Lamar Odom is finally heading back to Los Angeles after a lost year in Dallas, as the Mavericks, Clippers, Jazz and Rockets finalized a four-team deal that makes Odom a Clipper and Mo Williams a part of a crowded backcourt in Utah. There's plenty of reaction to the trade, including its effect on the Mavs and their pursuit of major free agents. As Eric Pincus of HoopsWorld notes, the Mavs can only use the $8.9MM trade exception they got in the deal if they don't want to renounce the rights to some of their own free agents and go under the salary cap, which they'd have to do to sign Deron Williams or another big-time target from a different team. If the Mavs don't land a major free agent, they can go over the cap to sign their own guys and use the trade exception to swing a deal for another player who can help. Here's the rest of what NBA writers are saying about the trade:
- Jeff Caplan of ESPNDallas.com likes the move for the Mavs and wonders why the Clippers didn't wait for the Mavs to waive Odom, allowing L.A. to sign him to a cheaper deal. He also believes the deal may be a precursor to the Jazz trading Devin Harris.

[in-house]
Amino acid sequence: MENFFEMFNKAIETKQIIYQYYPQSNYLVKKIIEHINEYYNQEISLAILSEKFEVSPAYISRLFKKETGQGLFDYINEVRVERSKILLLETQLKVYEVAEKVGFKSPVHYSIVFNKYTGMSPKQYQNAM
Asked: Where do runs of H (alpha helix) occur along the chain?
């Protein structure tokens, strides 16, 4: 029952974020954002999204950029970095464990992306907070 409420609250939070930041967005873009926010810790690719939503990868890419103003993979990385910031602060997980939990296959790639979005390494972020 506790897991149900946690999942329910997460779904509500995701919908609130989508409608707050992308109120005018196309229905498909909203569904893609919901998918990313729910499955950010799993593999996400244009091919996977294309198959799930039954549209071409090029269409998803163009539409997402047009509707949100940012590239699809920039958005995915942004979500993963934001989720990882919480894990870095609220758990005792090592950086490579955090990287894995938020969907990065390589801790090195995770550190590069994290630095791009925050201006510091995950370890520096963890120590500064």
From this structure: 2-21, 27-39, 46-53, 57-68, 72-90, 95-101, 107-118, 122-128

- David Aldridge of TNT says Williams met with Jazz GM Kevin O'Connor before opting into his contract, which was the final obstacle to the deal, and expressed a desire to be a starting point guard. The Jazz wouldn't make the promise, but Williams took the plunge anyway. (Twitter links).
- Brian T. Smith of The Salt Lake Tribune details the Jazz's plans to use Harris and Williams together in the backcourt, justifying the team's decision to keep Jamaal Tinsley (All four Twitter links).
- If Williams ultimately supplants Harris as the Jazz's starter at the point, it will be an upgrade, says Kurt Kragthorpe of The Salt Lake Tribune.
- John Hollinger of ESPN.com believes the biggest winner is the Jazz, but the trade will be a "home run" for Dallas if it leads to the Mavs signing Deron Williams (Insider link).
- Ramona Shelburne of ESPNLosAngeles.com shares insight from Williams' agent, Mark Bartelstein, about the point guard's thought process as he decided whether to opt in. "There was no blocking going on," he said. "When you make a decision like this, you want to study it very closely. But the more we looked at it, the more excited we were about going back to Utah. Mo's very happy to be going back there."